PMCID: PMC229764  PMID: 9163459
5.  Recovery of Pseudomonas aeruginosa in respiratory specimens from HIV positive patients being evaluated for Pneumocystis carinii pneumonia. 
Thorax  1995;50(5):548-550.
BACKGROUND--Despite the immune suppression, frequent hospital admissions, and many intercurrent illnesses associated with HIV infection, Pseudomonas aeruginosa has been cited relatively infrequently as a respiratory pathogen in HIV positive patients. METHODS--The microbiological isolates, medical records, radiographic reports, and laboratory data from 224 patients undergoing sputum induction and/or bronchoalveolar lavage for evaluation of respiratory symptoms suspicious for Pneumocystis carinii pneumonia (PCP) from 1989 to 1992 were reviewed retrospectively. RESULTS--An increasing number of respiratory isolates with Pseudomonas aeruginosa was found over this time period. Eighteen of the 224 patients were identified in whom P aeruginosa was recovered on at least one occasion. These patients were more likely to have a history of smoking and prior PCP than those in whom Pseudomonas was not recovered. Mean CD4 counts were also significantly lower in these patients. CONCLUSIONS--Pseudomonas aeruginosa may be recovered from a substantial number of respiratory isolates from HIV positive patients suspected of having PCP. The prevalence of this phenomenon may be increasing.
PMCID: PMC1021227  PMID: 7597670
6.  Changing disease patterns in patients with AIDS in a referral centre in the United Kingdom: the changing face of AIDS. 
BMJ : British Medical Journal  1991;302(6770):203-207.
OBJECTIVE--To study the changes in morbidity, mortality, and survival patterns in a population of patients with AIDS in the United Kingdom from 1982 to 1989. DESIGN--A retrospective analysis of inpatient and outpatient records of patients with AIDS. SUBJECTS--347 Patients with AIDS, predominantly homosexual or bisexual men. SETTING--Departments of immunology and genitourinary medicine, St Mary's Hospital, London. MAIN OUTCOME MEASURES--Presenting diagnosis of AIDS, occurrence of other opportunist diseases, cause of death, and survival since AIDS was diagnosed, in particular for those patients with Pneumocystis carinii pneumonia or Kaposi's sarcoma. RESULTS--The overall proportion of patients who developed P carinii pneumonia dropped from 56% (20/36) in 1984 to 24% (46/194) in 1989, although it has remained the index diagnosis in about half of new patients. Kaposi's sarcoma has decreased as index diagnosis from 30% (20/67) to 20% (15/74) over the same period, though the prevalence has remained constant at around 35%. P carinii pneumonia accounted for 46% (16/35) of known causes of death in 1986 but only 3% (1/31) in 1989. Conversely, deaths due to Kaposi's sarcoma rose from 14% (1/7) to 32% (10/31) between 1984 and 1989. Lymphoma accounted for an increased proportion of deaths among these patients with 16% (5/31) of deaths in 1989. Their median survival increased from 10 months in 1984-6 to 20 months in 1987. CONCLUSIONS--The changing patterns of disease in patients with AIDS have important implications both for health care provision and future medical research. Medical and nursing provision must be made for the increased morbidity of these diseases and the increased survival of these patients. Research should now be directed towards developing effective treatments for the opportunist infections which are currently more difficult to treat, the secondary malignancies of AIDS, as well as more effective immunorestorative treatments. Future changes in disease patterns must be recognised at an early stage so that resources can be adequately planned and allocated.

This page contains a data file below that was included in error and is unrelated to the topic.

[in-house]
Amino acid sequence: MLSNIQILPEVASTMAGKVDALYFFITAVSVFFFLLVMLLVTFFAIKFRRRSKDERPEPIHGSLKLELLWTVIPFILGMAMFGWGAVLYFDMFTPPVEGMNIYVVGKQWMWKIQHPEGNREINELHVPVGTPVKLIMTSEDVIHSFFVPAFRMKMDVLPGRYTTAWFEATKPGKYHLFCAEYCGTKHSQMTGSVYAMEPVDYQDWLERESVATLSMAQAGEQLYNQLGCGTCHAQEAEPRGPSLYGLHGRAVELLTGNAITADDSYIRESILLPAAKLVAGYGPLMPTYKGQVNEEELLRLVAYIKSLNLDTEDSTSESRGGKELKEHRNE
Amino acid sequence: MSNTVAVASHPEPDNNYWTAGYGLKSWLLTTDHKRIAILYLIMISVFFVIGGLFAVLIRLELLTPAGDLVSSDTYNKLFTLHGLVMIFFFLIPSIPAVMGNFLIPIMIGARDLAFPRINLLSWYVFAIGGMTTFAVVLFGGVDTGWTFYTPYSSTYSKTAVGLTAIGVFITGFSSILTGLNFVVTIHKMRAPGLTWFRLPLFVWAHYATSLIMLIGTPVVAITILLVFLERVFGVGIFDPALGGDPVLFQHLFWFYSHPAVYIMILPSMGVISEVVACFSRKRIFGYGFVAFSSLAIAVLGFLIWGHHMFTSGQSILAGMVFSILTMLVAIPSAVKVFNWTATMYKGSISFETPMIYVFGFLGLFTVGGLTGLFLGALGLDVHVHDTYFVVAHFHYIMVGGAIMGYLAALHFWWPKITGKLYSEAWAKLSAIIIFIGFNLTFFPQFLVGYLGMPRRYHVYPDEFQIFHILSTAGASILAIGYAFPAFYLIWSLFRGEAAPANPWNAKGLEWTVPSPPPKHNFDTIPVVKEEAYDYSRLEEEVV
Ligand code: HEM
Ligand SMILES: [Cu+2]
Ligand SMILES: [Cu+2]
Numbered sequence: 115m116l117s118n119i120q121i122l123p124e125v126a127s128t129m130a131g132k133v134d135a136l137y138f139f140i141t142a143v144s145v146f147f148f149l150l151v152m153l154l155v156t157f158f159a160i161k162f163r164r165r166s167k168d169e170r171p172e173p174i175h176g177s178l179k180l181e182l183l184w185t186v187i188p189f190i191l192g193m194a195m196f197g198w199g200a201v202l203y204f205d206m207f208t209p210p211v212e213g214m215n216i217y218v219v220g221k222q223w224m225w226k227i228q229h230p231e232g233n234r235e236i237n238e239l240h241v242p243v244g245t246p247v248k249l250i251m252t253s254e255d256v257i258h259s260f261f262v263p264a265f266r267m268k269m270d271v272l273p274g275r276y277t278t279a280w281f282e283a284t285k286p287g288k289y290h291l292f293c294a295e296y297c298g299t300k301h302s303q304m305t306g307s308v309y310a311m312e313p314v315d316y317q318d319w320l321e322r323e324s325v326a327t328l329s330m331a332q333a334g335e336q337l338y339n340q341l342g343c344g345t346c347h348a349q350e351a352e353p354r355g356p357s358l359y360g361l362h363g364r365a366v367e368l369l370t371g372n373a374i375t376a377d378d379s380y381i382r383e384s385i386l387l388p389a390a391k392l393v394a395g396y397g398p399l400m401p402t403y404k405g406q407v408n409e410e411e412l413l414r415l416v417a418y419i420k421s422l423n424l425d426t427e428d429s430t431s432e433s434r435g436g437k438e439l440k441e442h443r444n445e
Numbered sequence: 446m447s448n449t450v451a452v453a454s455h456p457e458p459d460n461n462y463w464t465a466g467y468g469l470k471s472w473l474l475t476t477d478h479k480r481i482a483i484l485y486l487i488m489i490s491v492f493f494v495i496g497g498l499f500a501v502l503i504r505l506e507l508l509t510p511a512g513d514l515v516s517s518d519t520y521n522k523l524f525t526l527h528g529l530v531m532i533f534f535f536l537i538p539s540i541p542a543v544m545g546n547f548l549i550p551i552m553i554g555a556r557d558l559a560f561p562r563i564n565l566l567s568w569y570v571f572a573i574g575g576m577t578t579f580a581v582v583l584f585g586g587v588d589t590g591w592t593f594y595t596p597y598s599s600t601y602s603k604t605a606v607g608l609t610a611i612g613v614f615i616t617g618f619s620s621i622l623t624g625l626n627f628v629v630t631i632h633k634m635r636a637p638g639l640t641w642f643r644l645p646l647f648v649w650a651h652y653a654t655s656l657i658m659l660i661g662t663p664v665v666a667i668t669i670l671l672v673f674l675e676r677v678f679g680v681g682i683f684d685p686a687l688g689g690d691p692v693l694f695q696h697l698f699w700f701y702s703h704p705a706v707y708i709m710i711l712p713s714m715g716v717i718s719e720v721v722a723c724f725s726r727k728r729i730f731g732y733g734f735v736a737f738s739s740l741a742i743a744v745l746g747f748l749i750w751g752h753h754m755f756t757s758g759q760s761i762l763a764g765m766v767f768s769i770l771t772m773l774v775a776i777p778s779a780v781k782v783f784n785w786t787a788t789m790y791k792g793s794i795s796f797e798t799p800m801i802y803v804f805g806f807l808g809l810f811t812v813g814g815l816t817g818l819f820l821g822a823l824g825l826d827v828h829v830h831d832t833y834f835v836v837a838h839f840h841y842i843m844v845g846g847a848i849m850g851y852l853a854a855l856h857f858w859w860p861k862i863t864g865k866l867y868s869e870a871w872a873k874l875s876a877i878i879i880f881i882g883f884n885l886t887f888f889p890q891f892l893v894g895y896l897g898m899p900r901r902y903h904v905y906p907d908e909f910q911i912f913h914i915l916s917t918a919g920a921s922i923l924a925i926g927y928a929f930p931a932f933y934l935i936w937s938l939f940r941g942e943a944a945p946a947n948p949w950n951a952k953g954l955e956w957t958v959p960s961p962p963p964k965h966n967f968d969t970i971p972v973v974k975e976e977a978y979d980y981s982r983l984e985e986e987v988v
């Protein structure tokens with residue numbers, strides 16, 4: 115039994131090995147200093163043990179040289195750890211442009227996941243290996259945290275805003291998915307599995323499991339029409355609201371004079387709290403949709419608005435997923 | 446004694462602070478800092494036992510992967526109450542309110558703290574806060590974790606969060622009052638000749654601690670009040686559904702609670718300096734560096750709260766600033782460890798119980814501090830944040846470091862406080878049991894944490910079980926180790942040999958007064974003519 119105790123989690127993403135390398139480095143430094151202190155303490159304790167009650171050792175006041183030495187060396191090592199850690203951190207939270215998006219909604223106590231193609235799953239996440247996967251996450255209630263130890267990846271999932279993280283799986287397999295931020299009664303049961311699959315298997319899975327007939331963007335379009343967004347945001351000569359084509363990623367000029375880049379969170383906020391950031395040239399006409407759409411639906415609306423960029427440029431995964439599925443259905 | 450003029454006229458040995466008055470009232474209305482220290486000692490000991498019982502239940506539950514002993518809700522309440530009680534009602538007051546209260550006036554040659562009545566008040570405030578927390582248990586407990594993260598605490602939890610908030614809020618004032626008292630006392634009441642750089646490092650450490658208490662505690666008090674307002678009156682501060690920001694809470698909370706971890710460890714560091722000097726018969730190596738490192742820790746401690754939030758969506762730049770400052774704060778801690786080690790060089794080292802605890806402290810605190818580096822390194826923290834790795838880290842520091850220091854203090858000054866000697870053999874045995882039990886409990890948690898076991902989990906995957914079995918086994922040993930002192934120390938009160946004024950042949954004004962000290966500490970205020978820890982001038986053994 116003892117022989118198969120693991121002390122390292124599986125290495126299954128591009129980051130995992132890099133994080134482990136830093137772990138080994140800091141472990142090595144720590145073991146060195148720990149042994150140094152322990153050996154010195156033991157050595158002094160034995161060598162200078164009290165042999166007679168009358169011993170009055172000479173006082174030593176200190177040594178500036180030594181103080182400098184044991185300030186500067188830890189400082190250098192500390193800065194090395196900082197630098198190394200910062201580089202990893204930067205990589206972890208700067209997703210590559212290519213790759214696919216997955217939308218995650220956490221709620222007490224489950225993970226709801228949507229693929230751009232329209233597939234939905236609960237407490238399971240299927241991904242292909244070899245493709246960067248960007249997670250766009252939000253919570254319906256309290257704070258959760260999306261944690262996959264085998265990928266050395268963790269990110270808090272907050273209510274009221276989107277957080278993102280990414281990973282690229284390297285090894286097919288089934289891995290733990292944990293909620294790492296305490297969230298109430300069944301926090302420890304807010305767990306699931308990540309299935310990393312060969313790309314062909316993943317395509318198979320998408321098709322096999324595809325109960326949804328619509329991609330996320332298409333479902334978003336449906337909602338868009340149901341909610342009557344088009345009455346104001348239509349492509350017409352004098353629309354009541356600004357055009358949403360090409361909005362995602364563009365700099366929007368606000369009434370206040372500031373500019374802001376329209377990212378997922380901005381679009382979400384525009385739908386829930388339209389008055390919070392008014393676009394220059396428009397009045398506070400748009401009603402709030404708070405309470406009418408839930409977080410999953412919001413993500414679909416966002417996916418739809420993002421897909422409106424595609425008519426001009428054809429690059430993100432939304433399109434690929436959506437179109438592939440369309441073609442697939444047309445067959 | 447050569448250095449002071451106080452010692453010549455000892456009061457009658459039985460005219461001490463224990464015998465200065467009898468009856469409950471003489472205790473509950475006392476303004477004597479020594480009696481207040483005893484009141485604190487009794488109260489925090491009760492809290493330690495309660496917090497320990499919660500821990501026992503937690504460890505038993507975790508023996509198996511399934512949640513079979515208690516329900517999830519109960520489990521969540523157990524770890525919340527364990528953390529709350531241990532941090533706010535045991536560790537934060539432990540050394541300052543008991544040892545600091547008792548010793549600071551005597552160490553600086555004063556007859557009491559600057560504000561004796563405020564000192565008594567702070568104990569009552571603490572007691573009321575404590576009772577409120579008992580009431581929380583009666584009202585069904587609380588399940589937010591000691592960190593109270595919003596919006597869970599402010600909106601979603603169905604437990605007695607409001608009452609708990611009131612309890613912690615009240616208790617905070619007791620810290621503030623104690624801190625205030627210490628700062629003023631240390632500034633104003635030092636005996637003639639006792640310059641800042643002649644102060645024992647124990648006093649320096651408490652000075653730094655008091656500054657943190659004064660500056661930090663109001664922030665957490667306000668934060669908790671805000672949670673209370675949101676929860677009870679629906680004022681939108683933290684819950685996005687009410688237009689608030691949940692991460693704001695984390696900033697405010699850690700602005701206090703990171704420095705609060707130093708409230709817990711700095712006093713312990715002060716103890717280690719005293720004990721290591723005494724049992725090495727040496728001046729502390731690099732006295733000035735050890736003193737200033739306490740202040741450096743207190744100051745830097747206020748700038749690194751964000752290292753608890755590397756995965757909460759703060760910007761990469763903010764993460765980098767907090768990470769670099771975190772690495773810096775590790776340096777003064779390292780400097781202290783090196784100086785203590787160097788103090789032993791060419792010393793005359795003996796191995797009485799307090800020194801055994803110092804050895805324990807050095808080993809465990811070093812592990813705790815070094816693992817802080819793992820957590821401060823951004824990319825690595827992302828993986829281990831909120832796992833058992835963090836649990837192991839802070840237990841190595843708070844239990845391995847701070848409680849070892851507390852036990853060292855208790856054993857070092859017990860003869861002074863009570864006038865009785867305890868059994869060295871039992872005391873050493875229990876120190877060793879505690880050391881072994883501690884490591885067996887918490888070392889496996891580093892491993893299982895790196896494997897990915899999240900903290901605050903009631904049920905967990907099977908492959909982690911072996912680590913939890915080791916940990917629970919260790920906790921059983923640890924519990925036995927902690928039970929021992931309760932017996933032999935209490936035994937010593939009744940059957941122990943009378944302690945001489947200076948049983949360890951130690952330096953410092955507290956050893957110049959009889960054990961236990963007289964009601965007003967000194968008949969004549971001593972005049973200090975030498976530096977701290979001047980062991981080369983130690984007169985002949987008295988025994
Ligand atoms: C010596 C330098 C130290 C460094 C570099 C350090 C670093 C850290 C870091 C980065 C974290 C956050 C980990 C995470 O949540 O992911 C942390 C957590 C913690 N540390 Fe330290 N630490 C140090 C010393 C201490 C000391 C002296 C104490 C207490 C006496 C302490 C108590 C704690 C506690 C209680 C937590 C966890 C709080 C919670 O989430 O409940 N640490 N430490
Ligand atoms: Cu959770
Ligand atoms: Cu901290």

PMCID: PMC1669078  PMID: 1998759
7.  Identification of Pneumocystis carinii f. sp. hominis Gene Sequences in Filtered Air in Hospital Environments 
Journal of Clinical Microbiology  1998;36(6):1737-1740.
To evaluate the risk of a nosocomial spread of Pneumocystis carinii f. sp. hominis (P. carinii hominis), air filter samples from rooms of P. carinii pneumonia (PCP) patients, adjacent corridors, and other hospital environments have been investigated for the presence of P. carinii hominis. Amplified DNA from air filters and sputum or bronchoalveolar lavage samples from the PCP patients have been genotyped with the P. carinii hominis genes of the mitochondrial large-subunit (mtLSU) rRNA and the internal transcribed spacers (ITS1 and ITS2) of the rRNA. Genotypes of the two loci were identified by direct sequencing, and for site 85 of the mtLSU locus, three allele-specific PCR assays were used. P. carinii hominis DNA was identified in the air of five of seven PCP patient rooms and in the air of two of four air filtrations from the ward corridors. The P. carinii hominis genotypes were the same in four of the five room air samples as those in the corresponding patients, suggesting a risk of person-to-person transmission of P. carinii hominis from PCP patients. Three of 16 air samples collected in infectious disease wards without the presence of PCP patients and one sample from a cardiology unit in a separate hospital building were also positive, which further strengthens the possibility of acquisition of P. carinii hominis from the environment.
PMCID: PMC104910  PMID: 9620410
8.  Evidence for depressed humoral immunity to Pneumocystis carinii in homosexual males, commercial plasma donors, and patients with acquired immunodeficiency syndrome. 
Journal of Clinical Microbiology  1987;25(6):991-995.
Heterosexual controls were found to have significantly higher titers of immunoglobulin G antibody to Pneumocystis carinii than did patients with the acquired immunodeficiency syndrome (AIDS) and P. carinii pneumonitis, human immunodeficiency virus (HIV) antibody-positive or -negative homosexual male "gay bar" patrons, and HIV antibody-positive or -negative commercial plasma donors. The T-helper/T-suppressor lymphocyte ratios of HIV antibody-negative homosexual male gay bar patrons were slightly depressed (mean = 1.31 +/- 0.54) compared with those of heterosexual controls (mean = 1.79 +/- 0.32). In addition to other recognized factors, preexisting humoral as well as cell-mediated immune deficits before infection with HIV may help to explain the prevalence of and morbidity and mortality associated with P. carinii pneumonitis in AIDS patients.